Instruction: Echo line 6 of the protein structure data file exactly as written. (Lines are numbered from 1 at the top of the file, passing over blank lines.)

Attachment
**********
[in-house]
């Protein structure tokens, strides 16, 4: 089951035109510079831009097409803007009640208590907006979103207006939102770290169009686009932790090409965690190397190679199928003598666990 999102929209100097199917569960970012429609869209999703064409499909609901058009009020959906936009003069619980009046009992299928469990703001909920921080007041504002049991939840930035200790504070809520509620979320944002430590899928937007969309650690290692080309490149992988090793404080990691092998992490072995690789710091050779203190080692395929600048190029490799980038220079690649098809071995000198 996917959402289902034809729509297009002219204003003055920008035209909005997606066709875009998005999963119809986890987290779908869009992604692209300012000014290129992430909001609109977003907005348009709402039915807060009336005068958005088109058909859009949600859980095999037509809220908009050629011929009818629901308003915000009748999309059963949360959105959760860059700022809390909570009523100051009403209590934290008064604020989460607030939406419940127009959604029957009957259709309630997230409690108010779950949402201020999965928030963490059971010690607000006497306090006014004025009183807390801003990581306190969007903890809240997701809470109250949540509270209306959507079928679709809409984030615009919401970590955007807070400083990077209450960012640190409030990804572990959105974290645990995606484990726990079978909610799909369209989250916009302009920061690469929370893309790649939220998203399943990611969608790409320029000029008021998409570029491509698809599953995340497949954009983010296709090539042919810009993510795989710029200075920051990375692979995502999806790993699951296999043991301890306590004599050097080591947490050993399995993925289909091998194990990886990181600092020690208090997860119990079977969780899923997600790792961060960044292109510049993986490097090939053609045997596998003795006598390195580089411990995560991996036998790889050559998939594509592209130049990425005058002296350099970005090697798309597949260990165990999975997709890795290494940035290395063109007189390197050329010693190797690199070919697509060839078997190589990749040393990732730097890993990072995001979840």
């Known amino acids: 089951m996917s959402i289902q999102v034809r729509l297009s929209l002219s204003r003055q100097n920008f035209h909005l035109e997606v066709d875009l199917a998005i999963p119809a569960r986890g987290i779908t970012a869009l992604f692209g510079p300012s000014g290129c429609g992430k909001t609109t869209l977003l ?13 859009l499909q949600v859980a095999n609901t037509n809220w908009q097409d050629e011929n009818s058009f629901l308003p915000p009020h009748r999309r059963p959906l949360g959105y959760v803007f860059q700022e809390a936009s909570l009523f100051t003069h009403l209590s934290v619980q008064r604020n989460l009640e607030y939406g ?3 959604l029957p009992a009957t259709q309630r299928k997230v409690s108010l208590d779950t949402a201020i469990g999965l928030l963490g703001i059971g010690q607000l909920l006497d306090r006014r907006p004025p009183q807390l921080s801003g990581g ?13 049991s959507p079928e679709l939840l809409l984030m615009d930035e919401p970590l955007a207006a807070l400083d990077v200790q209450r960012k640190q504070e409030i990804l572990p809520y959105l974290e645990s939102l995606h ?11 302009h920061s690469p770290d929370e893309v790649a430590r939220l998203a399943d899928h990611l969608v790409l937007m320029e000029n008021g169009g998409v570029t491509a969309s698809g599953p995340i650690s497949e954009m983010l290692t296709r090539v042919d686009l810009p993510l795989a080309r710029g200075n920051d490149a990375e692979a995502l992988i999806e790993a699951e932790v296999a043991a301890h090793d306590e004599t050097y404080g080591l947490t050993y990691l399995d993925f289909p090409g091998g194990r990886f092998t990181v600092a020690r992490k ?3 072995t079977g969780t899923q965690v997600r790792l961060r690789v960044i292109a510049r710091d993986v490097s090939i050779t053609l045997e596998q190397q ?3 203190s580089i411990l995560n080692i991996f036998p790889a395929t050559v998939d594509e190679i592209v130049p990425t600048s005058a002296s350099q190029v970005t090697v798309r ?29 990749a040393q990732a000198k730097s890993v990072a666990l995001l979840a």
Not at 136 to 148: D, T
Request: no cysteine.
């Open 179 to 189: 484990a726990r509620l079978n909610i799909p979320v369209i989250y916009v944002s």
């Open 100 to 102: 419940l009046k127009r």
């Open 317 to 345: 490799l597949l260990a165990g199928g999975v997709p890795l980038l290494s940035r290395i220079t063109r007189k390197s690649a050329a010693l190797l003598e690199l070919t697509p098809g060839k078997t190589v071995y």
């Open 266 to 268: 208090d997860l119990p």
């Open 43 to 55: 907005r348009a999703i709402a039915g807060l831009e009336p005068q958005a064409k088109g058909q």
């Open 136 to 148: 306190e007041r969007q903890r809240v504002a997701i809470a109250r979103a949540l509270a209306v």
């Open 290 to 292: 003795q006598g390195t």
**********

């Open 179 to 189: 484990a726990r509620l079978n909610i799909p979320v369209i989250y916009v944002s």